NEC Corp enabled an organic radical battery to be repeatedly charged/discharged 10,000 times or more with one second or shorter pulse discharge while enhancing its power density.
By utilizing a printing technology and a technique to evenly disperse electrode ink, the company increased the uniformities of the organic radical material and the carbon fiber, thereby reducing the internal resistance of the positive electrode of the organic radical battery. As a result, the power density of the battery was increased to 5,000W/L, which is three times as high as that of the company's existing organic radical battery.
In addition, by reviewing the structure of the battery and improving the compatibility between the organic radical material and the electrolytic solution, NEC confirmed that the battery can be repeatedly charged/discharged 10,000 times or more.
Specifically, when using a coin-sized organic radical battery with a thickness of 1mm or less, it is possible to discharge with a high current of 1A, achieve a high power output of 2W and repeatedly charge/discharge 10,000 times or more with a current of 100mA, according to the company.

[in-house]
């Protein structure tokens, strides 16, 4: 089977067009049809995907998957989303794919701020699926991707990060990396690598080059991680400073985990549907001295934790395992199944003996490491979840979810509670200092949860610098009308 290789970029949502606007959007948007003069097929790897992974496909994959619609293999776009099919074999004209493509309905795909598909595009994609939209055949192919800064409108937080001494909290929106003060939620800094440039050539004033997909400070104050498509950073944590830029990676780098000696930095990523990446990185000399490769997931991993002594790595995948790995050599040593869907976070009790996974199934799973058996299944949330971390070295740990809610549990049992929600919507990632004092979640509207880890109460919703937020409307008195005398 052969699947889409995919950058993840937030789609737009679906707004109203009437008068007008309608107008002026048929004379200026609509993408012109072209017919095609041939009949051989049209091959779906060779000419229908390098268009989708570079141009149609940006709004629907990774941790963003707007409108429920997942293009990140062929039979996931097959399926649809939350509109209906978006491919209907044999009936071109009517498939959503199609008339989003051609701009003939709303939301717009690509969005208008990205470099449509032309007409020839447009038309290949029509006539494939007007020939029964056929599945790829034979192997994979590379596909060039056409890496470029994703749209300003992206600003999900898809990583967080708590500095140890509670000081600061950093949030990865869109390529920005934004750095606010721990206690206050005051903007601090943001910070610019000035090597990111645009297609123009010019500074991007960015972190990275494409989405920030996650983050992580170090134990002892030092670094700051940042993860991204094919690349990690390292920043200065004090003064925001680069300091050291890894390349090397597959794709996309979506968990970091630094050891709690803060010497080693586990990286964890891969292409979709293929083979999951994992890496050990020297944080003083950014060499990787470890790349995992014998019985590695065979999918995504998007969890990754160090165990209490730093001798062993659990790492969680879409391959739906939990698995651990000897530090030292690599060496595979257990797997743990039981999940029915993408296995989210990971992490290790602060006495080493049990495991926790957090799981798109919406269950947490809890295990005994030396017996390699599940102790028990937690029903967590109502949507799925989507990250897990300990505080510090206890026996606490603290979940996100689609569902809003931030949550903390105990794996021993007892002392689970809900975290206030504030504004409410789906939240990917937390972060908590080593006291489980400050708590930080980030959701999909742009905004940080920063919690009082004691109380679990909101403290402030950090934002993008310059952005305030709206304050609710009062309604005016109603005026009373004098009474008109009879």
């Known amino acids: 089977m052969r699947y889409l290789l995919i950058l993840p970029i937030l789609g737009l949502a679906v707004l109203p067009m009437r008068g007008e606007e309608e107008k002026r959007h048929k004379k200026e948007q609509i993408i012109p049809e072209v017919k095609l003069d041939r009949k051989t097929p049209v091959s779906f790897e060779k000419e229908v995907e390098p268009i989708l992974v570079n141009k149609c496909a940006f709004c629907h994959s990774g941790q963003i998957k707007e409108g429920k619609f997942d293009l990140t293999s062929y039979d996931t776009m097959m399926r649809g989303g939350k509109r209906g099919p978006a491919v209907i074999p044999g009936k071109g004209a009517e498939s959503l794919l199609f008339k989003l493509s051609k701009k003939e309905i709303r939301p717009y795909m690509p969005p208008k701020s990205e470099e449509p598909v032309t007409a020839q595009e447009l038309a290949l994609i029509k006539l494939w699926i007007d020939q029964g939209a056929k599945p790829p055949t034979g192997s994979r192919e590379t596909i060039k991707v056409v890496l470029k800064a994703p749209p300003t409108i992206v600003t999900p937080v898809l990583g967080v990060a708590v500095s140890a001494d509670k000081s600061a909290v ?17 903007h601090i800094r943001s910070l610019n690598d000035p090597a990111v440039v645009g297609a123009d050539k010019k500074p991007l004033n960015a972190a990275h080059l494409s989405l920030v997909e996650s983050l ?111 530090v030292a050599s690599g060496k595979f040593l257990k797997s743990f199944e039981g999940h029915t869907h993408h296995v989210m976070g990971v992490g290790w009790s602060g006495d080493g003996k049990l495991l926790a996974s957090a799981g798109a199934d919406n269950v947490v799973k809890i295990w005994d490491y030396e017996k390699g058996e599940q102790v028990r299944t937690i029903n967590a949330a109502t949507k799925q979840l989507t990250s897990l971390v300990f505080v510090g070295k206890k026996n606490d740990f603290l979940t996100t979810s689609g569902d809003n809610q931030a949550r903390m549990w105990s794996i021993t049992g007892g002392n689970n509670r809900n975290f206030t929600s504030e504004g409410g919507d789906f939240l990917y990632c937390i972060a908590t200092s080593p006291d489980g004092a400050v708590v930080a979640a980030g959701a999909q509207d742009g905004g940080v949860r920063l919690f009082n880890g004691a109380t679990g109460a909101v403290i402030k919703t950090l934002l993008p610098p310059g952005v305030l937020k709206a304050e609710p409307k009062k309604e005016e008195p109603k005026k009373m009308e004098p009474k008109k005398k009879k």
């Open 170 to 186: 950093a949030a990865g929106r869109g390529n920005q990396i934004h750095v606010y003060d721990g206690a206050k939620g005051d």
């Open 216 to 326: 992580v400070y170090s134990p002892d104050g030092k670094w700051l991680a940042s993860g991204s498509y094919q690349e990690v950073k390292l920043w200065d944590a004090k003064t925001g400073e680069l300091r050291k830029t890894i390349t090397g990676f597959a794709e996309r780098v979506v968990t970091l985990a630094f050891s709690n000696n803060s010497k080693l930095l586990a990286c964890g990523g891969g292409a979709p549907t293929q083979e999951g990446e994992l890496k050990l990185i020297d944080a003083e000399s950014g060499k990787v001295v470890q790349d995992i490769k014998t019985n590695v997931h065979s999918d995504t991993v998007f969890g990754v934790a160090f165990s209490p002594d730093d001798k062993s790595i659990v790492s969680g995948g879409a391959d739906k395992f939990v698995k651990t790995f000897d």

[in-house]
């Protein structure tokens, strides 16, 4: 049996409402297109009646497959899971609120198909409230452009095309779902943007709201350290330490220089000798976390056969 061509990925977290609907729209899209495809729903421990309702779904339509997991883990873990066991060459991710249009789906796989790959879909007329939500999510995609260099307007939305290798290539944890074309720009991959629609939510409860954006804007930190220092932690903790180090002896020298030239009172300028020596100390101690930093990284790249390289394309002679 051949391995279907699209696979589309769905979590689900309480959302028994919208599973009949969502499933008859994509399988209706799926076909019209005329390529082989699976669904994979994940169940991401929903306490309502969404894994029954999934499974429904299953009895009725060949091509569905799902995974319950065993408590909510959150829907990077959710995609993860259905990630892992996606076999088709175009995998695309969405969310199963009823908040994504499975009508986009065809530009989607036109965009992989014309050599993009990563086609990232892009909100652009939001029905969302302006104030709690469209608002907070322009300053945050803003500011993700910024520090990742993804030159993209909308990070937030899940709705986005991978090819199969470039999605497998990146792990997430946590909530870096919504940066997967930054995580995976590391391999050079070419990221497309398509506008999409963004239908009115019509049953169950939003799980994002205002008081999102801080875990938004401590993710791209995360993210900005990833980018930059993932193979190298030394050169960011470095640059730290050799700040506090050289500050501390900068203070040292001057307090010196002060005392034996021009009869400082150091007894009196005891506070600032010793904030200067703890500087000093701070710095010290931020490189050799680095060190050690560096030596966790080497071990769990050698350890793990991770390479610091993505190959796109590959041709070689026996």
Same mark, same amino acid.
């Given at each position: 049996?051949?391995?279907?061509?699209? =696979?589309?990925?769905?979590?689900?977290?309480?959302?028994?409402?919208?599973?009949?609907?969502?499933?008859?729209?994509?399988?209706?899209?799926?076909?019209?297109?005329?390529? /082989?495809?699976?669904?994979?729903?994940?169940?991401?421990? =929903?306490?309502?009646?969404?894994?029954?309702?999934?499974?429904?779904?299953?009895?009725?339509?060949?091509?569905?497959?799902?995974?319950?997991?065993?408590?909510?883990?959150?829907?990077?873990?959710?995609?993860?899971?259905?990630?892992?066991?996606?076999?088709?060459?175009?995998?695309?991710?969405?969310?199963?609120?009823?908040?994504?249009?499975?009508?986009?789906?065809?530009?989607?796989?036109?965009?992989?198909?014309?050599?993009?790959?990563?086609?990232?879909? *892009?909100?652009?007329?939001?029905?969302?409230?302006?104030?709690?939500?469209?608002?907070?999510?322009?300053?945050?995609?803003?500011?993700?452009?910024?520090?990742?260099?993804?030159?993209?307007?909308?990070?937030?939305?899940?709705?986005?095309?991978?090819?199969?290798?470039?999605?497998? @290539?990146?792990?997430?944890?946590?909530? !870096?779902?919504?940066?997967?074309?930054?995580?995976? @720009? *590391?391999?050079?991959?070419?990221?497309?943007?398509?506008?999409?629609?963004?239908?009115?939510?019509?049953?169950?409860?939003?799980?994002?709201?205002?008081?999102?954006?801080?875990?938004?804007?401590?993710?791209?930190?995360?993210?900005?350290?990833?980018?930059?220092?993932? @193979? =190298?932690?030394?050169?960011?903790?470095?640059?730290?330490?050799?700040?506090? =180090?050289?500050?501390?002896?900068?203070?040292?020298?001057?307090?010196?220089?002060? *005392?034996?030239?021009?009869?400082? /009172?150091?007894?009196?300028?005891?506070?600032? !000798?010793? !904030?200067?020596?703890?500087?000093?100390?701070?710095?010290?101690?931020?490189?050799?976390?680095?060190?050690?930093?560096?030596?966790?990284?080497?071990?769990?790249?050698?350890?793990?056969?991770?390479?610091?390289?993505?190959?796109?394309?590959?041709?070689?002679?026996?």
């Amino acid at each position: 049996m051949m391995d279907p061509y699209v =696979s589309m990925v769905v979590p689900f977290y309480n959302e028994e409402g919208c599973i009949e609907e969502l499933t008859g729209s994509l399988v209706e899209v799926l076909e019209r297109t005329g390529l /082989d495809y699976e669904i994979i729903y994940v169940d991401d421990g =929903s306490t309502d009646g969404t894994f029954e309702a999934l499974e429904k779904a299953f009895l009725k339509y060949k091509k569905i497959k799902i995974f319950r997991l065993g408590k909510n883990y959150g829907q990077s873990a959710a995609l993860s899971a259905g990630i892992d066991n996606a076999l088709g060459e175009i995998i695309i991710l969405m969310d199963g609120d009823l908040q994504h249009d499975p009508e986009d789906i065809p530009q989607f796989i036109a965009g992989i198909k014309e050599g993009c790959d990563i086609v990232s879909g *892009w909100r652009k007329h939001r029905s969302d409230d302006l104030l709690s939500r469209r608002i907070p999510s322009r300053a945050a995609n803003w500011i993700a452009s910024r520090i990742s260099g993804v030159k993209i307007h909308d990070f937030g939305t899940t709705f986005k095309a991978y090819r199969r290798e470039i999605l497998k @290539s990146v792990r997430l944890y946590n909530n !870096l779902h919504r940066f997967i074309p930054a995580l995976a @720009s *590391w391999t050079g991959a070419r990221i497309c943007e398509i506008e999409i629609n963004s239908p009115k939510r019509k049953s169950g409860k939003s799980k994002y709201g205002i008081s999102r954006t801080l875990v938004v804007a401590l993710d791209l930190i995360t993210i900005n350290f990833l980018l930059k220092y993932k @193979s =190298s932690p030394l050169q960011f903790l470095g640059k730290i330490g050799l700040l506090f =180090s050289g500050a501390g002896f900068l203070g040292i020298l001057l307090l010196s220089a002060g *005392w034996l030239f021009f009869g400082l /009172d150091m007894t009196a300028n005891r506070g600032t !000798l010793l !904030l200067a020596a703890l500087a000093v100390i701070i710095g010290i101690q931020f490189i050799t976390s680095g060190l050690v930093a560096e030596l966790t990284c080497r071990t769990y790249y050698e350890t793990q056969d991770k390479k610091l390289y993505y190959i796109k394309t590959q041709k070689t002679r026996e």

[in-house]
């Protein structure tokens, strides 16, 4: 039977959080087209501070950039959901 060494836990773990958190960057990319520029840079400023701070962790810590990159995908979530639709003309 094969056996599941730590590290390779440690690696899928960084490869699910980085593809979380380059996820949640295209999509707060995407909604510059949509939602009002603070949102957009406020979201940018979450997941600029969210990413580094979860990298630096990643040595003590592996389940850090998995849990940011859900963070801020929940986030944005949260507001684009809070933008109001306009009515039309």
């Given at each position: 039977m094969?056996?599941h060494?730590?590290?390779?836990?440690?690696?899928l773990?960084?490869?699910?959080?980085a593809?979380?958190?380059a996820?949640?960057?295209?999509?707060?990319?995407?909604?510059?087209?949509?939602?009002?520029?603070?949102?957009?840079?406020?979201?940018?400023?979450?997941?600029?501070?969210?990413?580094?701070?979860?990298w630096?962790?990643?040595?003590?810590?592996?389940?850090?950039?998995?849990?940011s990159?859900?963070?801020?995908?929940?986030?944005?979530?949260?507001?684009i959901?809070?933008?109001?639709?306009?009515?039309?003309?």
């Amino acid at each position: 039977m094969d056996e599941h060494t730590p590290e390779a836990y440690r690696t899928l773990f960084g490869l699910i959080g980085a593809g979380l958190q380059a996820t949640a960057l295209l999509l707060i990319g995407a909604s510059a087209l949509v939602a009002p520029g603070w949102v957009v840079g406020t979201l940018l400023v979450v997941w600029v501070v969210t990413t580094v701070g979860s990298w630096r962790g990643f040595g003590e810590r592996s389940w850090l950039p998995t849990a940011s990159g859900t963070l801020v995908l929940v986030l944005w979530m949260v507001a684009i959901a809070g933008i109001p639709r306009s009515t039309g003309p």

An organic radical battery is a secondary battery that stores electricity utilizing the oxidation-reduction reaction of stable radical. The battery was first announced by NEC in 2001. It utilizes the oxidation-reduction reaction of a substance called "radical," which has unpaired electrons in the outermost shell of the electron orbit.
The battery allows high-speed charging/discharging because the reaction proceeds at a high speed. Also, a gel-type flexible electrode can be created by infiltrating an electrolytic solution into a composite positive electrode consisting of an organic radical compound and a carbon fiber.
Targeting the power sources for next-generation terminals such as highly-functional IC cards, electronic paper and wearable devices, NEC intends to improve the usability of the battery by combining it with contactless charging technology, etc.
Part of the research and development of the battery was conducted under the project called "Basic Technology Development for Fiber Materials with Advanced Functions and New Structures," which is promoted by Japan's Ministry of Economy, Trade and Industry (METI) and Japan's New Energy and Industrial Technology Development Organization (NEDO).
The printing technology and the technique to evenly disperse ink were developed by DIC Corp, while the improved radical material was co-developed by NEC and Sumitomo Seika Chemicals Co Ltd.
The new battery is scheduled for display at the International Nanotechnology Exhibition and Conference (nano tech 2009), which runs from Feb 18 to 20, 2009, at Tokyo Big Sight.